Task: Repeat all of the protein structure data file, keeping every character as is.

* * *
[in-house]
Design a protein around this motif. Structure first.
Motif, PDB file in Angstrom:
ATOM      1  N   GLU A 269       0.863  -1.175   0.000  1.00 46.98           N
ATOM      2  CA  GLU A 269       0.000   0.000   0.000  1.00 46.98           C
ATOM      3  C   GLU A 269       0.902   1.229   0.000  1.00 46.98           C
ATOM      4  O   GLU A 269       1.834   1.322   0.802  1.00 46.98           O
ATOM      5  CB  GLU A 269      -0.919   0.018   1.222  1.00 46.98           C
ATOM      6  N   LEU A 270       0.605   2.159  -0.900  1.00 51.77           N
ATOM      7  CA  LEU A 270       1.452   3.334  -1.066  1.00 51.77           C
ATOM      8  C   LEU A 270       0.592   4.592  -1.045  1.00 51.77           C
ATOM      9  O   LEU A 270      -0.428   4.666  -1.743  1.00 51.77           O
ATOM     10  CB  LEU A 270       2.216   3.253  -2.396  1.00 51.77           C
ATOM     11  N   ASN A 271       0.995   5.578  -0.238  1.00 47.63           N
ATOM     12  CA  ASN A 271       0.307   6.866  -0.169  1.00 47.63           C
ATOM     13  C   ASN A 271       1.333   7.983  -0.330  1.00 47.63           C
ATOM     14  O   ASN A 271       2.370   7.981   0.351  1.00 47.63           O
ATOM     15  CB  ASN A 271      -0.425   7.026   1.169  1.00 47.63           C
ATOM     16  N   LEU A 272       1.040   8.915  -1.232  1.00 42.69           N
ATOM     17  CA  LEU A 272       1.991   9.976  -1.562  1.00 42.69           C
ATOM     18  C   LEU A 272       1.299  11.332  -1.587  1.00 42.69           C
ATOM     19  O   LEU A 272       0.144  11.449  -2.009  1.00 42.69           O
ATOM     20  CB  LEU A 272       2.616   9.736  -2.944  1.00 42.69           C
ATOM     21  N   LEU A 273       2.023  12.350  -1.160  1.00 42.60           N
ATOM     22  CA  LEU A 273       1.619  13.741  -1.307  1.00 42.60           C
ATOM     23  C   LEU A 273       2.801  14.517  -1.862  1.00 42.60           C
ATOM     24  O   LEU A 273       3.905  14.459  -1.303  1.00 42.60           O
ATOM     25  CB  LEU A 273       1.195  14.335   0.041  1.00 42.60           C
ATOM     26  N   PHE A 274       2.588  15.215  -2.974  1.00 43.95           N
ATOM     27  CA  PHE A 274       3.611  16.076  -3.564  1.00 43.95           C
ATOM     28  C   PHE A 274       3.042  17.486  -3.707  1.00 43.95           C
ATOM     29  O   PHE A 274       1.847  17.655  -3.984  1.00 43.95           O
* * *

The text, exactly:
[in-house]
Design a protein around this motif. Structure first.
Motif, PDB file in Angstrom:
ATOM      1  N   GLU A 269       0.863  -1.175   0.000  1.00 46.98           N
ATOM      2  CA  GLU A 269       0.000   0.000   0.000  1.00 46.98           C
ATOM      3  C   GLU A 269       0.902   1.229   0.000  1.00 46.98           C
ATOM      4  O   GLU A 269       1.834   1.322   0.802  1.00 46.98           O
ATOM      5  CB  GLU A 269      -0.919   0.018   1.222  1.00 46.98           C
ATOM      6  N   LEU A 270       0.605   2.159  -0.900  1.00 51.77           N
ATOM      7  CA  LEU A 270       1.452   3.334  -1.066  1.00 51.77           C
ATOM      8  C   LEU A 270       0.592   4.592  -1.045  1.00 51.77           C
ATOM      9  O   LEU A 270      -0.428   4.666  -1.743  1.00 51.77           O
ATOM     10  CB  LEU A 270       2.216   3.253  -2.396  1.00 51.77           C
ATOM     11  N   ASN A 271       0.995   5.578  -0.238  1.00 47.63           N
ATOM     12  CA  ASN A 271       0.307   6.866  -0.169  1.00 47.63           C
ATOM     13  C   ASN A 271       1.333   7.983  -0.330  1.00 47.63           C
ATOM     14  O   ASN A 271       2.370   7.981   0.351  1.00 47.63           O
ATOM     15  CB  ASN A 271      -0.425   7.026   1.169  1.00 47.63           C
ATOM     16  N   LEU A 272       1.040   8.915  -1.232  1.00 42.69           N
ATOM     17  CA  LEU A 272       1.991   9.976  -1.562  1.00 42.69           C
ATOM     18  C   LEU A 272       1.299  11.332  -1.587  1.00 42.69           C
ATOM     19  O   LEU A 272       0.144  11.449  -2.009  1.00 42.69           O
ATOM     20  CB  LEU A 272       2.616   9.736  -2.944  1.00 42.69           C
ATOM     21  N   LEU A 273       2.023  12.350  -1.160  1.00 42.60           N
ATOM     22  CA  LEU A 273       1.619  13.741  -1.307  1.00 42.60           C
ATOM     23  C   LEU A 273       2.801  14.517  -1.862  1.00 42.60           C
ATOM     24  O   LEU A 273       3.905  14.459  -1.303  1.00 42.60           O
ATOM     25  CB  LEU A 273       1.195  14.335   0.041  1.00 42.60           C
ATOM     26  N   PHE A 274       2.588  15.215  -2.974  1.00 43.95           N
ATOM     27  CA  PHE A 274       3.611  16.076  -3.564  1.00 43.95           C
ATOM     28  C   PHE A 274       3.042  17.486  -3.707  1.00 43.95           C
ATOM     29  O   PHE A 274       1.847  17.655  -3.984  1.00 43.95           O